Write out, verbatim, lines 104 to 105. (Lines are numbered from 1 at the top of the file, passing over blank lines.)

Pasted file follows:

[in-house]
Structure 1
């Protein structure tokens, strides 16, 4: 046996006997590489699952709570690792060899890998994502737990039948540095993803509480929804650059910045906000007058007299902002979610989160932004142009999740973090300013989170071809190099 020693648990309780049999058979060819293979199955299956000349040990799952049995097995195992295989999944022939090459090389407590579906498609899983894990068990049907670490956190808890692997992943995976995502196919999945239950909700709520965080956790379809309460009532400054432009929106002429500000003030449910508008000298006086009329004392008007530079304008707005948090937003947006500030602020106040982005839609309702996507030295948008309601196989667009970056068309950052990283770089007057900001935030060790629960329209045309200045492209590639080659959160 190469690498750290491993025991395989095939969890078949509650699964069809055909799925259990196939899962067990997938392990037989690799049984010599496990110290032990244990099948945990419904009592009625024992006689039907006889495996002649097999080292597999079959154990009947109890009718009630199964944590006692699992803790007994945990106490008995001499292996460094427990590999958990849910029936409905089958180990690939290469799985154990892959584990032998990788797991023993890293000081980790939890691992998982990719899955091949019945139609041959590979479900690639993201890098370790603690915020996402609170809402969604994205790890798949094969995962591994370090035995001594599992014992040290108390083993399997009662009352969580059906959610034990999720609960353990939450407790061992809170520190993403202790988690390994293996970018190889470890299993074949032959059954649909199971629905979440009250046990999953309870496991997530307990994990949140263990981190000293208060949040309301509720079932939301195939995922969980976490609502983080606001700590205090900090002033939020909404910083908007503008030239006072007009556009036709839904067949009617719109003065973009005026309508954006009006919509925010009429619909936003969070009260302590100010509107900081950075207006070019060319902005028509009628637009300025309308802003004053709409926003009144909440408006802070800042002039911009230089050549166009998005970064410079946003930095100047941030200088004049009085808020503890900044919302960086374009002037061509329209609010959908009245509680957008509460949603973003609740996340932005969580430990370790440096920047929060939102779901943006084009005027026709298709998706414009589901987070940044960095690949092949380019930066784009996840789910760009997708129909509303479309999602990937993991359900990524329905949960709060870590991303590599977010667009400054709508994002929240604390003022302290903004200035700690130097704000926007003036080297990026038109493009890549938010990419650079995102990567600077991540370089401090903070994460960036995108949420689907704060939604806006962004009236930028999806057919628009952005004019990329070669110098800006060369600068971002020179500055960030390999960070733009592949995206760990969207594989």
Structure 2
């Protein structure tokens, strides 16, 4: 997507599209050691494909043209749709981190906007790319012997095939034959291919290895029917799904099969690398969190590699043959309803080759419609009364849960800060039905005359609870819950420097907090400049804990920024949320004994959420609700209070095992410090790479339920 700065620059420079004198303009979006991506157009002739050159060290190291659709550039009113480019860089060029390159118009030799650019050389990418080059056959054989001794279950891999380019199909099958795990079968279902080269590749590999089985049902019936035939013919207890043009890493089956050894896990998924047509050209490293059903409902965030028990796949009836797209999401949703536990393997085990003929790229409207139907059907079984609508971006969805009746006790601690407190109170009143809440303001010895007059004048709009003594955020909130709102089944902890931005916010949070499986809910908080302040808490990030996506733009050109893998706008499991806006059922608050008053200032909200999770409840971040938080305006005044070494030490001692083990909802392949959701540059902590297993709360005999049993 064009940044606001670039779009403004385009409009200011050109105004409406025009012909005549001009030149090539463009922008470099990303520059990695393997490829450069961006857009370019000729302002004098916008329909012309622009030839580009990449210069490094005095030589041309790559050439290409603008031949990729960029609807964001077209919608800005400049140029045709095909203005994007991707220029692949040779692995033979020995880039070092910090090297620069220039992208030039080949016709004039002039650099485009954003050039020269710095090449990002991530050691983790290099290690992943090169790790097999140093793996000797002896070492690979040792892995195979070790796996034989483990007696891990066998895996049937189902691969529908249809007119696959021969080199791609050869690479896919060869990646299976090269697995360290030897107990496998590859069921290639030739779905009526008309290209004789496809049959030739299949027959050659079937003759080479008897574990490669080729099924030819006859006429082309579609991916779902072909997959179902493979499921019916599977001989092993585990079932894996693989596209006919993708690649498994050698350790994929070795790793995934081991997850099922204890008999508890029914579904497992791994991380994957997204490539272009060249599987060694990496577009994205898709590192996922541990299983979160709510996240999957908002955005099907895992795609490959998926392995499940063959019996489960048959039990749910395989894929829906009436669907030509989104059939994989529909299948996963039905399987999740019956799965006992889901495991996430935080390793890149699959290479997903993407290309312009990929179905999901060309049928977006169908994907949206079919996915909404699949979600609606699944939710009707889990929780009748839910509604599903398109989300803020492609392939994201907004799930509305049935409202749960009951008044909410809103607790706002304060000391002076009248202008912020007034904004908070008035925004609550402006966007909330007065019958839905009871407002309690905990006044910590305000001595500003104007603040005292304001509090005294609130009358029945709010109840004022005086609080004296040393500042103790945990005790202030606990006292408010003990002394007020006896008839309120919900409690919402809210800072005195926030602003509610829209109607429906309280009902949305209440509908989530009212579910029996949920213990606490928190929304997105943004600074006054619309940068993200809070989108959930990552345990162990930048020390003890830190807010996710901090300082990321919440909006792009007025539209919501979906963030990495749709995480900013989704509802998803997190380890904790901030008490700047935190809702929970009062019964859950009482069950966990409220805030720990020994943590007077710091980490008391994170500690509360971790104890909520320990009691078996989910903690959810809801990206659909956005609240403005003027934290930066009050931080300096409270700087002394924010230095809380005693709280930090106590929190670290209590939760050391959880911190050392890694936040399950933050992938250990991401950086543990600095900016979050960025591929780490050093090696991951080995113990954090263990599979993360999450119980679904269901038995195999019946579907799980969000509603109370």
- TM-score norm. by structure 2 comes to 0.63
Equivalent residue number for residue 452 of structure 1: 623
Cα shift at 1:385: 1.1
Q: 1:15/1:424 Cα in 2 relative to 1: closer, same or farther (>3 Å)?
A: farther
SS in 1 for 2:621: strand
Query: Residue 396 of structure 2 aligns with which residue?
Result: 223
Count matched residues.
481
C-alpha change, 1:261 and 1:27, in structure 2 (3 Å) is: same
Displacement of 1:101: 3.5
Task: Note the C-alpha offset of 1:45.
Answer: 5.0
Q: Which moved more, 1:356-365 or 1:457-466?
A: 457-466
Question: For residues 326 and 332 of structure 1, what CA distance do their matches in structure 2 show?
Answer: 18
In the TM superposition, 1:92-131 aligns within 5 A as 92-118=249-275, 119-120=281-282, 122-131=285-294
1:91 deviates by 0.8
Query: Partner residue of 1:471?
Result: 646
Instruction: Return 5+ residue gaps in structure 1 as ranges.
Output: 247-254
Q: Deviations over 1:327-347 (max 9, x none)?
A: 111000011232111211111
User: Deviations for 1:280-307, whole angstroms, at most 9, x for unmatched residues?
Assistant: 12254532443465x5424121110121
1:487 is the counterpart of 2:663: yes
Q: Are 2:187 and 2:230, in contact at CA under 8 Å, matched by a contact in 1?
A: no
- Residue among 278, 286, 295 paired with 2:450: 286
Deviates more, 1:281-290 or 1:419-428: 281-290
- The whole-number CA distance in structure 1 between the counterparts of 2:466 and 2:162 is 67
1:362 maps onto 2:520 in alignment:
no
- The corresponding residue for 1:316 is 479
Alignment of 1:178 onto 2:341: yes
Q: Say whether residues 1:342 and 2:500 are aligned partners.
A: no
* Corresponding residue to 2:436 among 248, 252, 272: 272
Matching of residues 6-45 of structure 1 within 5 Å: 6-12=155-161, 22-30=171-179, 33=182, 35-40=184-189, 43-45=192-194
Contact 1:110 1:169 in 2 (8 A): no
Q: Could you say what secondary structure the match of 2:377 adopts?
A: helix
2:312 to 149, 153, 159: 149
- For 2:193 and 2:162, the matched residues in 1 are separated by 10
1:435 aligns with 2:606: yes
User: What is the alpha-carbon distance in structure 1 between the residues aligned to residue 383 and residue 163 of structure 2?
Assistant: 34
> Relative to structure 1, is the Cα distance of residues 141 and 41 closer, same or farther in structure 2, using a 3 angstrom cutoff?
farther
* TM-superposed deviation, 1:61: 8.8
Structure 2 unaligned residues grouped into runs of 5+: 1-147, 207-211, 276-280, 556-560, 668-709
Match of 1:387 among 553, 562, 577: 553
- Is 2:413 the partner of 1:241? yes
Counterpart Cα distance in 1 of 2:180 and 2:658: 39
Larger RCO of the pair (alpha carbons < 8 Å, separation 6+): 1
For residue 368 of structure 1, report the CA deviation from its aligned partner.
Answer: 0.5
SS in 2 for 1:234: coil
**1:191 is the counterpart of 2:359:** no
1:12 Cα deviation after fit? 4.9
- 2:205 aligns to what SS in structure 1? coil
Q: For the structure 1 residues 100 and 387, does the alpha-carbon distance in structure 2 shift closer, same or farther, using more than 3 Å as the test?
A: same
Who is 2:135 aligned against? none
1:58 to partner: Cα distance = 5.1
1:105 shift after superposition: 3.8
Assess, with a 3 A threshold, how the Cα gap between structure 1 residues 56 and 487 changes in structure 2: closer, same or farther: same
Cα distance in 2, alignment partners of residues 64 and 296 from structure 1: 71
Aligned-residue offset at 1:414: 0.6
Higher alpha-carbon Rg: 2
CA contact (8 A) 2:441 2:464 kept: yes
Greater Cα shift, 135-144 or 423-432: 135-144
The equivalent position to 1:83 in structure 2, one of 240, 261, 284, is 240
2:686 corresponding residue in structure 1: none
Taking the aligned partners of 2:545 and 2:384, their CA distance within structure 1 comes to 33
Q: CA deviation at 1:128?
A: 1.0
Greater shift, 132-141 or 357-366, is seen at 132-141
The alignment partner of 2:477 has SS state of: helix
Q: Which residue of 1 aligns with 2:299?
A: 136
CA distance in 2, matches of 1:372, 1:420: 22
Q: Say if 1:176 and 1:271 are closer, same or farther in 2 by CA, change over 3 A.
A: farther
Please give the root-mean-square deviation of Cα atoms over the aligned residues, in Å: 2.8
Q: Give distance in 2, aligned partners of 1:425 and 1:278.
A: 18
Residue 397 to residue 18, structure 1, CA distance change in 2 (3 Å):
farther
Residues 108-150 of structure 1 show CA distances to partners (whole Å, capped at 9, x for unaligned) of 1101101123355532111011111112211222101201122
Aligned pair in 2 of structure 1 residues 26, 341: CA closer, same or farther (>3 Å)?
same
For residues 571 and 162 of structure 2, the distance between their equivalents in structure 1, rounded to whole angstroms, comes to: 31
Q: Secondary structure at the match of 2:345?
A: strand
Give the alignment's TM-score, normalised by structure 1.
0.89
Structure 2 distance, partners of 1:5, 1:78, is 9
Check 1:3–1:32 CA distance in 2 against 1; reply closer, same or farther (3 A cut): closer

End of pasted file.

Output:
Give the alignment's TM-score, normalised by structure 1.
0.89